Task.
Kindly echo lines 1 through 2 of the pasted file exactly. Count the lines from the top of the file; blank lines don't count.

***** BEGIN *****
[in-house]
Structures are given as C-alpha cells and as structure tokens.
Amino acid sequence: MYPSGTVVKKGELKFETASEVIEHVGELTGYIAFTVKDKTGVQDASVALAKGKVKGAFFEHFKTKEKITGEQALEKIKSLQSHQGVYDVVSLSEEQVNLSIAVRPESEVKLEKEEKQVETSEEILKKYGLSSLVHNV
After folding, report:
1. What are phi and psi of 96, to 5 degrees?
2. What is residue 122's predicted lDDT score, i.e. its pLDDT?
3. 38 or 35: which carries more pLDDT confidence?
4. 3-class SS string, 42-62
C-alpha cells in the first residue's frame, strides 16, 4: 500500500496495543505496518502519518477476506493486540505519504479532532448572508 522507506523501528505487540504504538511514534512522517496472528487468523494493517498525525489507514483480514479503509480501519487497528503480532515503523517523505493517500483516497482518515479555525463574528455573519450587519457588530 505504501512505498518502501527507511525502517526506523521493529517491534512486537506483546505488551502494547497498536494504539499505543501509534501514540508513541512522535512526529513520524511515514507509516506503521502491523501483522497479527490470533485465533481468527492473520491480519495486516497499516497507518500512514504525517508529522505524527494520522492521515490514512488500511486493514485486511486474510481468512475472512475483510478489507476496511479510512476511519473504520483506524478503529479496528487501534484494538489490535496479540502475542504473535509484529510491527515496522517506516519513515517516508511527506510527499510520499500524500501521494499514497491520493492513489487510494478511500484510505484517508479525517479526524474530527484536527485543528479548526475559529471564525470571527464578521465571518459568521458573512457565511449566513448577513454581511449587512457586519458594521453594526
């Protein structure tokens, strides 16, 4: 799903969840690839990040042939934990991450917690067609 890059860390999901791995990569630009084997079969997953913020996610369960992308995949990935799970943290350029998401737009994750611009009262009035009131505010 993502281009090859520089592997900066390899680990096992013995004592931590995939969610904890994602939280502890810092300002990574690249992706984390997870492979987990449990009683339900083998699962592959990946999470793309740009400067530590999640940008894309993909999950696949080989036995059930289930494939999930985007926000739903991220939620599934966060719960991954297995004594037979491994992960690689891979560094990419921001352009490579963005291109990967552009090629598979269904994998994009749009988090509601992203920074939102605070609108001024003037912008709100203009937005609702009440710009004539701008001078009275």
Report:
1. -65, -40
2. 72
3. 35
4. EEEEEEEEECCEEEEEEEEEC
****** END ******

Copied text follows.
[in-house]
Structures are given as C-alpha cells and as structure tokens.